In the 1400s, the Inquisition turned its attention to witchcraft. Clerics declared that some women were having sex with Satan, transforming themselves into animals, flying through the sky at night, and casting hexes on godly folk. The number of "witches" tortured and executed over three centuries is estimated from 100,000 to 2 million.

From the 1500s, members of India's Thuggee sect strangled people because they believed that the goddess Kali wanted her followers to eliminate excess lives generated by Brahma the Creator. Thugs were garroting an estimated 20,000 victims a year in the 1800s until British rulers stamped out the religion. At an 1840 trial, one Thug was accused of sacrificing 931 people.

The Reformation triggered two centuries of religious war that took millions of lives. Eight Huguenot-Catholic wars ravaged France. Protestant-Catholic slaughter sundered the Low Countries. England suffered killings when the Anglicans broke with Rome -- then more killings when the Puritans broke with the Anglicans. The Thirty Years War brought the worst religious death toll of all time. Amid the Catholic-Protestant combat in Europe, both sides paused to kill Anabaptists for their crime of double baptism.

Islamic jihads (holy wars) killed multitudes over the course of 12 centuries. First Muslims spread the faith west to Spain and east to India. Then breakaway sects branded other Muslims as infidels and warred against them. A jihad in the Nile Valley in the 1880s destroyed an Egyptian army and wiped out defenders of Khartoum, led by British General "Chinese" Gordon. Wahhabi believers crushed other Muslims and created the fundamentalist kingdom of Saudi Arabia.

After the Baha'i faith began in Iran in 1844, the Shi'ite majority killed Baha'is by the thousands -- and this persecution has continued into the 1990s.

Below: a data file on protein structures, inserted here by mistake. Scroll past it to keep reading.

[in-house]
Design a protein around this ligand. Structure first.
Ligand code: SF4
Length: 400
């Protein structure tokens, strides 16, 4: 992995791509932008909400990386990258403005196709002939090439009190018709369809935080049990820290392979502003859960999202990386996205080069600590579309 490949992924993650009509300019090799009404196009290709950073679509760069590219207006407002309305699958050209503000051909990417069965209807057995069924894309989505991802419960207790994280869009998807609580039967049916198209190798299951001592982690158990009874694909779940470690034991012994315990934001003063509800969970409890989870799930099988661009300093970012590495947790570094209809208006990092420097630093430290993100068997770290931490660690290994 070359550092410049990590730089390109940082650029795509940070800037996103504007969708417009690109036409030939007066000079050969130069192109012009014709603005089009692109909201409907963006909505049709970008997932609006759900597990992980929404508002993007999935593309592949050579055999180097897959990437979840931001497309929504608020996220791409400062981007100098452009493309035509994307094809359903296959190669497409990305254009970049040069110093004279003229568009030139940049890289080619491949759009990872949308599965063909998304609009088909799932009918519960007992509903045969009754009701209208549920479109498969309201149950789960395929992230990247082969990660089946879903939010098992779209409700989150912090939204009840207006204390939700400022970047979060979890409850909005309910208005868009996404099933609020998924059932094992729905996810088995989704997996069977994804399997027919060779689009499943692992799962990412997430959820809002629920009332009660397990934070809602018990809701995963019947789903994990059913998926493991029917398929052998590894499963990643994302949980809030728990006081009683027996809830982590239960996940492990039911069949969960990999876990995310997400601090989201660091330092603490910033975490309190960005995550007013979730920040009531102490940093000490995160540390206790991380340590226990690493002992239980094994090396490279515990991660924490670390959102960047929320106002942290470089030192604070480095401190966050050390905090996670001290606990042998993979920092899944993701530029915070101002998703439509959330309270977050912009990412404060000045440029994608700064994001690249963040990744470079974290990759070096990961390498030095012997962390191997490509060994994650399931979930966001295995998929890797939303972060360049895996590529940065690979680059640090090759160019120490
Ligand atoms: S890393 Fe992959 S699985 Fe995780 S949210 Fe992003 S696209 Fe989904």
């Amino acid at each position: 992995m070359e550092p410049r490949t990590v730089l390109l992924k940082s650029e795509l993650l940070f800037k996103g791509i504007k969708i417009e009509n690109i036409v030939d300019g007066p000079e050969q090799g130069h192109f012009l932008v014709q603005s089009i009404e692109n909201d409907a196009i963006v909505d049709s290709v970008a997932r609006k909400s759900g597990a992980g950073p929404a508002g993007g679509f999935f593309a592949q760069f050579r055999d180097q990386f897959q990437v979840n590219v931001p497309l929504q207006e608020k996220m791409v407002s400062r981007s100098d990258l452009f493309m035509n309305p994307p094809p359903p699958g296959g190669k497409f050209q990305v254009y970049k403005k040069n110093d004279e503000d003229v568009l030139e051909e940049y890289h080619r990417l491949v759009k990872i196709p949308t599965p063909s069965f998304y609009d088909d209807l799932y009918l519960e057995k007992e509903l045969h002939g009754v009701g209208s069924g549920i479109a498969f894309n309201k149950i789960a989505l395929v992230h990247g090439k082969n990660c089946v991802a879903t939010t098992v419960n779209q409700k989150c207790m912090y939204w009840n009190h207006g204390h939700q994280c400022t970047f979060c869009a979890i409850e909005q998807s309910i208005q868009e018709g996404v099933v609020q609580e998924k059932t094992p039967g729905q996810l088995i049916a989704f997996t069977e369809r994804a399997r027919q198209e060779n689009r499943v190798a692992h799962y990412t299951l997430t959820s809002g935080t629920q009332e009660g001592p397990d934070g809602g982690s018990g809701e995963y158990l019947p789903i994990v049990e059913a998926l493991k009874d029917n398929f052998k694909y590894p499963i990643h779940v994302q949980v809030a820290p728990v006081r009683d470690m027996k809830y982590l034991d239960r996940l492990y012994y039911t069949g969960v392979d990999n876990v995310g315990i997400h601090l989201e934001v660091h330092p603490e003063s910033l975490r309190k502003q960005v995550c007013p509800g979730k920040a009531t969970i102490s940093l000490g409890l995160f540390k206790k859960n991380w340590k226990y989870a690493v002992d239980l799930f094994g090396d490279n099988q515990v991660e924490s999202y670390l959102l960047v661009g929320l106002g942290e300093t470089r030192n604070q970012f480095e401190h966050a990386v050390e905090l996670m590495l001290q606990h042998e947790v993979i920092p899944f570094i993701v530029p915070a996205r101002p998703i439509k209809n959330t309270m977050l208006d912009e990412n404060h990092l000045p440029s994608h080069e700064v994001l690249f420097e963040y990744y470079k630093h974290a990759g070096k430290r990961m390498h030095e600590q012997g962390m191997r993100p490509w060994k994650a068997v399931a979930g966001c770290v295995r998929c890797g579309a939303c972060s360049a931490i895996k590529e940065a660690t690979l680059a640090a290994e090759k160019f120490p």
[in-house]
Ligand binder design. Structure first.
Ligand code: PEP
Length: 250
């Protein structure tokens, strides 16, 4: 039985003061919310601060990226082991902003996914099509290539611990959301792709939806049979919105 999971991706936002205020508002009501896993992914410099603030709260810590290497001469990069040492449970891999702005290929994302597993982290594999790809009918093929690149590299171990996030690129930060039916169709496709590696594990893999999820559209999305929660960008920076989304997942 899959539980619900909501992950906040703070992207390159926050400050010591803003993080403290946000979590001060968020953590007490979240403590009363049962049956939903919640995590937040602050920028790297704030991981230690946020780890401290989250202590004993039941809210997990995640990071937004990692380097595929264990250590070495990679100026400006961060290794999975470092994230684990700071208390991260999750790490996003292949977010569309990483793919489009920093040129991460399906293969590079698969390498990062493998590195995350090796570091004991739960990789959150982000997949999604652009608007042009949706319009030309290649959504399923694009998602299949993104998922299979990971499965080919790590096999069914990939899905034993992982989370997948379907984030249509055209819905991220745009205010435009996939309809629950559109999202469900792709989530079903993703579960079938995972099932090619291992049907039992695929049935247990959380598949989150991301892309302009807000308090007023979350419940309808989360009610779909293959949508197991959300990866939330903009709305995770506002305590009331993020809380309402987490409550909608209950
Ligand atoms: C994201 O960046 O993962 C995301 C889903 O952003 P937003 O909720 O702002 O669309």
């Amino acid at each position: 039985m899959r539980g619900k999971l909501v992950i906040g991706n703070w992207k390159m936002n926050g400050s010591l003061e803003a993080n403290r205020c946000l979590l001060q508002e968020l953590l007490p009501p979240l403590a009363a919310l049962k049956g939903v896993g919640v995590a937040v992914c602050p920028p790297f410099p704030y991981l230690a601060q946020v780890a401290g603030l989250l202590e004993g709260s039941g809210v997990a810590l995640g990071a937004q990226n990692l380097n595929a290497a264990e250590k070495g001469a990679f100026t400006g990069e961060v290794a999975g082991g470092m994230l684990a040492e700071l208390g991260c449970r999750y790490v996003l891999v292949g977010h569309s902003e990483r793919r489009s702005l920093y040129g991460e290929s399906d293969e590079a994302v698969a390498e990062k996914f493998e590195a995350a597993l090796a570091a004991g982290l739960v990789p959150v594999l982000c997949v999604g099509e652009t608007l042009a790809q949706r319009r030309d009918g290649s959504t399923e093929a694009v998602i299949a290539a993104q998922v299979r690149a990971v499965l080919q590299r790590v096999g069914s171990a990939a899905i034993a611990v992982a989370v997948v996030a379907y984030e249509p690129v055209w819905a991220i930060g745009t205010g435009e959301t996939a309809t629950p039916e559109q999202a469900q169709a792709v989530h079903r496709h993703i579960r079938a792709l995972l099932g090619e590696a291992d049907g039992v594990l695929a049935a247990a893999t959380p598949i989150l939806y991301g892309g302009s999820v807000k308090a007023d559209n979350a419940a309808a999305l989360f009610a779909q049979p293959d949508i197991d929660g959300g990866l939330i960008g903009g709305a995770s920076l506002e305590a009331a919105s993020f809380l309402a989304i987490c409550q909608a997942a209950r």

Muslim and Hindu taboos led to the Sepoy Mutiny in 1857. British governors in India gave their native troops new paper cartridges that had to be bitten open. Animal grease on the cartridges infuriated Hindus, to whom cows are sacred, and Muslims, to whom pigs are satanic. Troops of both faiths rebelled and massacred Europeans.

In the late 1800s and again during World War I, Muslim Turks and Christian Armenians killed each other by the hundreds of thousands.

In a tragic irony, the great pacifist Mahatma Gandhi forced the British to leave India in 1947 -- which freed Hindus and Muslims to set upon each other in a killing frenzy that cost perhaps a million lives. Outbreaks have continued ever since. For example, a pig walked through a Muslim holy ground at Moradabad in 1980. Muslims blamed Hindus for it, and subsequent rioting killed 200 people.

The most religious nation today probably is Iran, "the government of God on Earth." It is the execution capital of the world, where thousands are put to death. Shi'ite terrorists who killed American hostages on an airliner at Teheran Airport in 1984 announced that they did it "for the pleasure of God."

Today, with Muslim Pakistan and Hindu India on the brink of war over the religious strife in Kashmir, the Carnegie Endowment for International Peace warns that both sides possess atomic weapons. That would be the ultimate madness: the world's first thermonuclear religious war.

Ronald Reagan hailed religion as a force for good, "the bedrock of moral order." That's a common view. But people need to realize there's another side to religion -- a deadly one that has produced tragedy, century after century.